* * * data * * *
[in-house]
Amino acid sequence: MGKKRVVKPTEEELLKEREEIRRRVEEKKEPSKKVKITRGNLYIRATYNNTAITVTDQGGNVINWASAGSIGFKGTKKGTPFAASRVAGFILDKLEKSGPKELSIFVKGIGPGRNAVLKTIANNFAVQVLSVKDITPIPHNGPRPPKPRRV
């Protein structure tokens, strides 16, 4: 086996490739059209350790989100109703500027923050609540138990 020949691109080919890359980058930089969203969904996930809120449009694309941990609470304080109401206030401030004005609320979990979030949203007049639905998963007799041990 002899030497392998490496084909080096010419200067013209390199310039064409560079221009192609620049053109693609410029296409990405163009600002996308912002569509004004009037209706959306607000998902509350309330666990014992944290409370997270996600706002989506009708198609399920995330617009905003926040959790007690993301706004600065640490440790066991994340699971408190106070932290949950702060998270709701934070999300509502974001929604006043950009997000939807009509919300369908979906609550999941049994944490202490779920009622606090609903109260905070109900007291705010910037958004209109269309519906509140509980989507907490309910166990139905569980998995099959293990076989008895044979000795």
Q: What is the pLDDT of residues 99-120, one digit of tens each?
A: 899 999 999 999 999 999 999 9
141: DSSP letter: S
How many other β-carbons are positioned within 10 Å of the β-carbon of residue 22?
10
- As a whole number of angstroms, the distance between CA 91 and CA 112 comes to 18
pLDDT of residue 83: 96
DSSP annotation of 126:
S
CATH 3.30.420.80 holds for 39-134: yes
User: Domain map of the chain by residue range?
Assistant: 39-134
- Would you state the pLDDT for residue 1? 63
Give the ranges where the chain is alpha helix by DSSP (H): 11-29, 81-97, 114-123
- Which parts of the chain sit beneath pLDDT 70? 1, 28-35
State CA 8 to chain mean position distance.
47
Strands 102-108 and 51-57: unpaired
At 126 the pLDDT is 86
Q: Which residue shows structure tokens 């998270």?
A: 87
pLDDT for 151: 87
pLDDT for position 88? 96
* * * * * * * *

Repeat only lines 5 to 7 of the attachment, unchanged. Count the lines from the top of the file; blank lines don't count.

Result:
A: 899 999 999 999 999 999 999 9
141: DSSP letter: S
How many other β-carbons are positioned within 10 Å of the β-carbon of residue 22?